Friday, May 27, 2022

Friday Ramble, River

To trace the history of a river or a raindrop . . . is also to trace the history of the soul, the history of the mind descending and arising in the body. In both, we constantly seek and stumble upon divinity, which like feeding the lake, and the spring becoming a waterfall, feeds, spills, falls, and feeds itself all over again.
(Gretel Ehrlich, from Islands, The Universe, Home)

This week's word comes to us through the good offices of the Middle English and Anglo-Norman rivere and the Vulgar Latin riparia, thence the proper Latin riparius and ripa all meaning "of a bank" or simply "bank". The word's closest kin is the adjective riparian, and we use it to describe the fertile ground along waterways and those who live in such places. To be called riparian would be a fine old thing.

From the quiet alcoves and fields of their beginning places to the lakes and estuaries where they end their journeys and merge into their greater kin, a thousand and one little rivers in the Lanark highlands lift their voices, murmuring, cooing, laughing, singing, occasionally roaring. At sunset or in cool morning light, reflections of sky and clouds and trees fill every pool and eddy. After dark, the moon pours its light over everything and Luna seems as much a dweller in the quiet waters as she is in the sky above.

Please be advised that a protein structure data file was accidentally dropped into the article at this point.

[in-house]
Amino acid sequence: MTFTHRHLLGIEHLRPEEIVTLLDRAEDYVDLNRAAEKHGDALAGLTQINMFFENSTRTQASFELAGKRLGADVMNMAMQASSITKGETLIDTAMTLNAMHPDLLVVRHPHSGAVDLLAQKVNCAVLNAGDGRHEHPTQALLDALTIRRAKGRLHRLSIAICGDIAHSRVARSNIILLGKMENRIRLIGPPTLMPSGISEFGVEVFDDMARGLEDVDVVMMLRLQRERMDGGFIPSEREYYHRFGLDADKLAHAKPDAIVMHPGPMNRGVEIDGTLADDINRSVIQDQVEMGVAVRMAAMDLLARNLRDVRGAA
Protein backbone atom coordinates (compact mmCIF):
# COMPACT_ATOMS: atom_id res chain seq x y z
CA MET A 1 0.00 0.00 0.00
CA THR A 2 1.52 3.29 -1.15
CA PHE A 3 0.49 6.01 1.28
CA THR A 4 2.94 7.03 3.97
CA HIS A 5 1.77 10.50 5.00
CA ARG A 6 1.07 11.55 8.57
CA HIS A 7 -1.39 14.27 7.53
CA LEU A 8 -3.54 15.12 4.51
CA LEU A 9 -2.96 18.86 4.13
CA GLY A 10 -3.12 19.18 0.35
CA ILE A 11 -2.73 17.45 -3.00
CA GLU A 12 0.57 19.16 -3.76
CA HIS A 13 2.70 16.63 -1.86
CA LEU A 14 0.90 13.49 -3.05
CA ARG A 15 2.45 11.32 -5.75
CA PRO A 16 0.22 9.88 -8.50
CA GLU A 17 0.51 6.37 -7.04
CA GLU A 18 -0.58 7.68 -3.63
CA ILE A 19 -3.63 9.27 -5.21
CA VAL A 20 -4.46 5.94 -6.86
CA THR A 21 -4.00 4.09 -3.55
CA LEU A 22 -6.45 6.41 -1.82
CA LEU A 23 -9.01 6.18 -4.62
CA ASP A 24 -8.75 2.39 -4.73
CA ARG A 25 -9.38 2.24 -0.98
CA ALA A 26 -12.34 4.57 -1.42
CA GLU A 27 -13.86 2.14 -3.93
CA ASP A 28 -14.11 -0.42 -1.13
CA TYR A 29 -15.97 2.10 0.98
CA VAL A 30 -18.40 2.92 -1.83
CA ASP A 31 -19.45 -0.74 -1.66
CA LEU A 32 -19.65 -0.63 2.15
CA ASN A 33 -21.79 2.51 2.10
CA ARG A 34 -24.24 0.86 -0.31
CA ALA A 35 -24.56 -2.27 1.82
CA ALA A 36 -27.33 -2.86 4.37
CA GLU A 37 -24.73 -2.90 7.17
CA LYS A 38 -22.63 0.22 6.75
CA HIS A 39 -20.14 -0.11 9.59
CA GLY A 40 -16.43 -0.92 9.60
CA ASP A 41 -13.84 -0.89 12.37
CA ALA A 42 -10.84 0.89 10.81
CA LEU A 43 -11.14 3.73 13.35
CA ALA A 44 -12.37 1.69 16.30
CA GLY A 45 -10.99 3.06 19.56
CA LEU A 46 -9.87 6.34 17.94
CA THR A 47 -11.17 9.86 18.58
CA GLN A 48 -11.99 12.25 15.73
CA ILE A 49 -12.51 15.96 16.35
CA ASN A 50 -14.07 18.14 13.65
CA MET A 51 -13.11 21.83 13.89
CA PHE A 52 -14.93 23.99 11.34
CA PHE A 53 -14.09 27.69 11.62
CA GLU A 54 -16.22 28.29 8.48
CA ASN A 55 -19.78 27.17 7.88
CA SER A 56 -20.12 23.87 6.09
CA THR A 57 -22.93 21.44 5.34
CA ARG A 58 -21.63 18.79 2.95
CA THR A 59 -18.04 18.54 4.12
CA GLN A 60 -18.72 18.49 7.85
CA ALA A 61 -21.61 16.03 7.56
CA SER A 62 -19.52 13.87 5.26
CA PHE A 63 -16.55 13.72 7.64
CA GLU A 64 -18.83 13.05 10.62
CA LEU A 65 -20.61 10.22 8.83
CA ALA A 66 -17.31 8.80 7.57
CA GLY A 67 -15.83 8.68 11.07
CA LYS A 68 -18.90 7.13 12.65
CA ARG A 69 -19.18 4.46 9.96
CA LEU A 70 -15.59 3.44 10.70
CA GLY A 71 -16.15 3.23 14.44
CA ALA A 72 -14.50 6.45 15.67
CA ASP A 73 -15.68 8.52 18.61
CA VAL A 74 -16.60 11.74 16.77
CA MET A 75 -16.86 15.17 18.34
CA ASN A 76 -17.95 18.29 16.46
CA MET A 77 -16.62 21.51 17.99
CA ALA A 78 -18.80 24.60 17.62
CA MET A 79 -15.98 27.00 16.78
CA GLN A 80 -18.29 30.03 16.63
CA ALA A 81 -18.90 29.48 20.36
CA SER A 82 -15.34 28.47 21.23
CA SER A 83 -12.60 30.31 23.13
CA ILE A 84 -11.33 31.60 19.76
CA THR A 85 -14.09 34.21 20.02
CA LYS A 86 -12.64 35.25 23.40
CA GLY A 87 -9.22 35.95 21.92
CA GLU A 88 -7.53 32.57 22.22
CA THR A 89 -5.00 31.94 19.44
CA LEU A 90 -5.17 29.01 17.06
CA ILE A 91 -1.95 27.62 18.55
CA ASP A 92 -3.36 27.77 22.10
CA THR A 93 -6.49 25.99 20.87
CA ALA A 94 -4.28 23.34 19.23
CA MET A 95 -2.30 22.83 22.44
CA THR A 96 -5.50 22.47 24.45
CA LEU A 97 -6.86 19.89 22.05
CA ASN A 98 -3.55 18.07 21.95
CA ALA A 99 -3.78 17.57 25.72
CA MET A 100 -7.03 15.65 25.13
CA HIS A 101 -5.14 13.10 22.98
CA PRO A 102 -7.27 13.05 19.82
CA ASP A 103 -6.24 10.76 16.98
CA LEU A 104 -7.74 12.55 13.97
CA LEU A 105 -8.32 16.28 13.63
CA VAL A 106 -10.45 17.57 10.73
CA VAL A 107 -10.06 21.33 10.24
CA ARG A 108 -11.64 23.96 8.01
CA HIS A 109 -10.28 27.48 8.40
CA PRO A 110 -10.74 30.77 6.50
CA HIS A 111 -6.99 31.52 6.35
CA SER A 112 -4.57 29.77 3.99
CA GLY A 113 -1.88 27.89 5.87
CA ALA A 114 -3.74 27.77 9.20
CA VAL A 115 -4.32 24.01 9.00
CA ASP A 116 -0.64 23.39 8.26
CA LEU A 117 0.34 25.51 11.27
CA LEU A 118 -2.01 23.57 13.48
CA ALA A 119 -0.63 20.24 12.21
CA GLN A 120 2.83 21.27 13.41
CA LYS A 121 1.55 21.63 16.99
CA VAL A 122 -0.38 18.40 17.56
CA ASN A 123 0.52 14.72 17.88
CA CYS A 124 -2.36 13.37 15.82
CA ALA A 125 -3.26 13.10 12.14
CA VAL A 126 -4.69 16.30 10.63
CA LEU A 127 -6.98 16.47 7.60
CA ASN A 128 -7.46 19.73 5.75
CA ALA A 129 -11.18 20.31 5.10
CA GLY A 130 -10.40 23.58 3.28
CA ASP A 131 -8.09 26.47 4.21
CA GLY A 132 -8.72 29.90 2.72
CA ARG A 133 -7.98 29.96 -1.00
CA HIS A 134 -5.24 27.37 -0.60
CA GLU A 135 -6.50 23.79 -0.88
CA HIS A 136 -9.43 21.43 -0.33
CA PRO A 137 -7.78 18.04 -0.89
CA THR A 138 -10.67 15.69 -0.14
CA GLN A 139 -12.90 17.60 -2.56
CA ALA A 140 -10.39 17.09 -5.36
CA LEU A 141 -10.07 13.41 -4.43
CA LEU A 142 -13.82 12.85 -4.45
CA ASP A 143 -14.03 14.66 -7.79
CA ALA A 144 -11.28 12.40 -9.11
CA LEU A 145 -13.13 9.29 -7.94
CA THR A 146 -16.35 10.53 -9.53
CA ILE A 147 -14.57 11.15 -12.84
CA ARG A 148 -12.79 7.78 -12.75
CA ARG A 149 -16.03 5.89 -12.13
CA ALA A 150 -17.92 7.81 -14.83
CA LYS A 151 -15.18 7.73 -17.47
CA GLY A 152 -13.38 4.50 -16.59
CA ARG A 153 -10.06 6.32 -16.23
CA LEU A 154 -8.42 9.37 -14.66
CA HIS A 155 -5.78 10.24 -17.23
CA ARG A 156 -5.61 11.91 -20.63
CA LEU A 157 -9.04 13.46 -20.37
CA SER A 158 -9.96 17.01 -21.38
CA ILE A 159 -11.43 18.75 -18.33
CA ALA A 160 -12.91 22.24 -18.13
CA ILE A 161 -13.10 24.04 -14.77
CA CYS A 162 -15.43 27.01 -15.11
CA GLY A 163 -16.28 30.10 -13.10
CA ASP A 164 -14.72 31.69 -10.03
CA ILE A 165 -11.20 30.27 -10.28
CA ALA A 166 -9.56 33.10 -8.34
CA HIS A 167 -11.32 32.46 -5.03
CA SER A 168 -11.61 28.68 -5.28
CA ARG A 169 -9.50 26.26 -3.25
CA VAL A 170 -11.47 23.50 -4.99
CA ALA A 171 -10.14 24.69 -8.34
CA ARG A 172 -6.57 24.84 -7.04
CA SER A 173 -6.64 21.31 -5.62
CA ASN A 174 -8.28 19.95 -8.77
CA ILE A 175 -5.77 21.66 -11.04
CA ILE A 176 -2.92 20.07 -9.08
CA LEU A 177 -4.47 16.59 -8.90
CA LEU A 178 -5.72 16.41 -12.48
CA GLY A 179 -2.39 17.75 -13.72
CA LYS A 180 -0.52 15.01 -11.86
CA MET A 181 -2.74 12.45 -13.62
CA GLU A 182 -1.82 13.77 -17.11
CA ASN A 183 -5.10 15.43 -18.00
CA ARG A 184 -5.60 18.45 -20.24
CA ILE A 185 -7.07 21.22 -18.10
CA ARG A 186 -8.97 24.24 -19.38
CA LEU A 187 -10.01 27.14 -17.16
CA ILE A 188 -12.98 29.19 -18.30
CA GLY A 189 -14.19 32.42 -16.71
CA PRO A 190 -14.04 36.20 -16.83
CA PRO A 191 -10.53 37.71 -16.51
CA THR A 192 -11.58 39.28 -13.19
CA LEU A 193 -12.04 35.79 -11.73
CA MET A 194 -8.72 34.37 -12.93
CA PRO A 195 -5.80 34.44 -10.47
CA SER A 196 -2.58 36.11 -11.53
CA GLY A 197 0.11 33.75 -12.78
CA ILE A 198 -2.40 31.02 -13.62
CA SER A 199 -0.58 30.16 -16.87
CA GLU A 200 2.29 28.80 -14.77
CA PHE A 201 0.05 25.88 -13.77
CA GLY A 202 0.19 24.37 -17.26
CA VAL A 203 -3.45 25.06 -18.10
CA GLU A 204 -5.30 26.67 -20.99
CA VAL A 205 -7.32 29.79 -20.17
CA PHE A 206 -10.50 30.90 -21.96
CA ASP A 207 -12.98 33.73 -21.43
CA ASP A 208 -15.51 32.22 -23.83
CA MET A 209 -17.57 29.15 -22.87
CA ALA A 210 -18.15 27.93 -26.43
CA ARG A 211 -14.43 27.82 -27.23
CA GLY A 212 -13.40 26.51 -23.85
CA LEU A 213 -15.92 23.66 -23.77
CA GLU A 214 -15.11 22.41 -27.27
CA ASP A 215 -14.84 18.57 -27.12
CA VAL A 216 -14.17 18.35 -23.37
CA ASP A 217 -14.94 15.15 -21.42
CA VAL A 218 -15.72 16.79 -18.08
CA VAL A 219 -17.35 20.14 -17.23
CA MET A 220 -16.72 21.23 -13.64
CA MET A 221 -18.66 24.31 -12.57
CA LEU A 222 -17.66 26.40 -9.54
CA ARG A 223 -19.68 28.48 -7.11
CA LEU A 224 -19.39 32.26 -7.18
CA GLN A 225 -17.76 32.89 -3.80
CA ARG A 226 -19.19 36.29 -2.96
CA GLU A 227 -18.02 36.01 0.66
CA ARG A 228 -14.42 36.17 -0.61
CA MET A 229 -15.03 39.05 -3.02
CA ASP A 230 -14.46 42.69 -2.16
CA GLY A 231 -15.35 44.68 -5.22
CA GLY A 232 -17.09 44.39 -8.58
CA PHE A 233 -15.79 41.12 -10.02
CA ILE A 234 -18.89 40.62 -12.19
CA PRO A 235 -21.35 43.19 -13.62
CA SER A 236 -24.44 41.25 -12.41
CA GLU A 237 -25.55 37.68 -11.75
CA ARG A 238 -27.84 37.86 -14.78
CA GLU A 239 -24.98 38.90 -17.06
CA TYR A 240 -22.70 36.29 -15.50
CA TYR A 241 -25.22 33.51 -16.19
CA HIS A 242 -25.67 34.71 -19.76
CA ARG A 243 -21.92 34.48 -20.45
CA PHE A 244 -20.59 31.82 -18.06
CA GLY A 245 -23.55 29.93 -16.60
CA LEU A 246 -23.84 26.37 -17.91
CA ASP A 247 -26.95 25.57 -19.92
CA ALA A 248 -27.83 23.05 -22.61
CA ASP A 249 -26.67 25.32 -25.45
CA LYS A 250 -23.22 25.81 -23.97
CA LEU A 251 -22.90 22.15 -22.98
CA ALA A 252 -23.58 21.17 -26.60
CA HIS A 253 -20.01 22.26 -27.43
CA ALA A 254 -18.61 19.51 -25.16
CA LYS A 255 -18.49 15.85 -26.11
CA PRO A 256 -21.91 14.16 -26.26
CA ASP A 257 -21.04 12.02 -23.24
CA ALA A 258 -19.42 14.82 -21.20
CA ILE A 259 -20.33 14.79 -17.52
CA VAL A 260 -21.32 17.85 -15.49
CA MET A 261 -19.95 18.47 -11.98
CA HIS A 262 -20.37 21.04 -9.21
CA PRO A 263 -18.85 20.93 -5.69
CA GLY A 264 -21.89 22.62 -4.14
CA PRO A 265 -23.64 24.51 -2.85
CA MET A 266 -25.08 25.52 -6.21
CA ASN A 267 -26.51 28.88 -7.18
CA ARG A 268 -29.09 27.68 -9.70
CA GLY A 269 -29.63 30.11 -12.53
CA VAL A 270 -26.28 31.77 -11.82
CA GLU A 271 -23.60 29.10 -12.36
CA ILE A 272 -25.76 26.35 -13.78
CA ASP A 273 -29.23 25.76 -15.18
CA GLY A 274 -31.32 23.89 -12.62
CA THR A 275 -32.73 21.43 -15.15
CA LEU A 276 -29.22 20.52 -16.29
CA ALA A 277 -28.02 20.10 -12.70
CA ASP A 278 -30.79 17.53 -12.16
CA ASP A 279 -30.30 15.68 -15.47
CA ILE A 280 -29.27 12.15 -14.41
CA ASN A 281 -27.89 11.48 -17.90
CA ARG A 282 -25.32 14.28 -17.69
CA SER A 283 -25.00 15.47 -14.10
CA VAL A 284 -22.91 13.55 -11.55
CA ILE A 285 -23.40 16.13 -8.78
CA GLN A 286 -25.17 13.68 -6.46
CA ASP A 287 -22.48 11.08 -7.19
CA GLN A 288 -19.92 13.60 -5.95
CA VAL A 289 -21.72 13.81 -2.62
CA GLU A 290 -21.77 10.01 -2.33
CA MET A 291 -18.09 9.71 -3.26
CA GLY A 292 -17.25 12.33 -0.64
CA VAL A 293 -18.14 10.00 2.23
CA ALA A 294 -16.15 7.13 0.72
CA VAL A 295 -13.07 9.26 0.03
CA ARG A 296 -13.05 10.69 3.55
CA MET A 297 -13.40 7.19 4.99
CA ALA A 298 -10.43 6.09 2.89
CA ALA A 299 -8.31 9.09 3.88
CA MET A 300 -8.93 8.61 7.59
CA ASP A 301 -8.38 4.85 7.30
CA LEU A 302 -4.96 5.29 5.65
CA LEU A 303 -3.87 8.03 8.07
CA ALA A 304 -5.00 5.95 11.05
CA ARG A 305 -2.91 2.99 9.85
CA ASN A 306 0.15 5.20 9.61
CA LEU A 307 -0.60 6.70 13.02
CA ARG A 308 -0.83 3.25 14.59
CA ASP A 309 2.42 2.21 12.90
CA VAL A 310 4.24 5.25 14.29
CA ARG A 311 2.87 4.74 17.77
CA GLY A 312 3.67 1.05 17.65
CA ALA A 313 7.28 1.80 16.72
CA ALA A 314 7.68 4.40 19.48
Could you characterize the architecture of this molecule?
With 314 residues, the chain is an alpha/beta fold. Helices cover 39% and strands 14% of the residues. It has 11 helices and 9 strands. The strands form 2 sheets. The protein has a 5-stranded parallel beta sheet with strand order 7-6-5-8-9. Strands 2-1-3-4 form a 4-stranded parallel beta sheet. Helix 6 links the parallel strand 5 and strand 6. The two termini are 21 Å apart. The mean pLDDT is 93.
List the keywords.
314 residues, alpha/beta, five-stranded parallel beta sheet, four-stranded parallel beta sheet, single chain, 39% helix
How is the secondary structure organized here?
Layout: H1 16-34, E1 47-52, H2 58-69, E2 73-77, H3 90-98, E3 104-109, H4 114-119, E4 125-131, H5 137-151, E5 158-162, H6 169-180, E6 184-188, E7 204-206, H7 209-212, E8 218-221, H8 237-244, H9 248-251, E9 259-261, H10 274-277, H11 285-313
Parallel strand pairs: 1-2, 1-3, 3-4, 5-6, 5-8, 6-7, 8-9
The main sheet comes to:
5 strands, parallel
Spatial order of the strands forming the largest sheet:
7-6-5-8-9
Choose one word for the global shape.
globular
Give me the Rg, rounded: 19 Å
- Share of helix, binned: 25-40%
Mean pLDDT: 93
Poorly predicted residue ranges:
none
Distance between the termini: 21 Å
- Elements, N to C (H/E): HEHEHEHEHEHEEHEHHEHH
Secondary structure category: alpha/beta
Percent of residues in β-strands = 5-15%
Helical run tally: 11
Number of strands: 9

Solitary voices, choruses and concertos, there is attentive presence and connection in every note, and what a metaphor for life and journeying. If I could have named myself, the name would probably have been "River". As it happens, the youngest member of the family now wears the name, and I was delighted when it was chosen. I would like to be around to explore puddles, rivers and tide pools with her in a few years.

Wherever we land up living out our days, we are never far from rivers, and they are fine motifs for wandering. If we are lucky, we will know many in our lives, learn their dialect and cadence, trace the patterns of their ebbing and flowing, commit their rumbling chants and fluid harmonies to fragile memory — the canticles of earth's rivers are ancient stories, and they are the music of our journey.

A peaceful river and a few golden summer full moons, what more can one ask for?

No comments: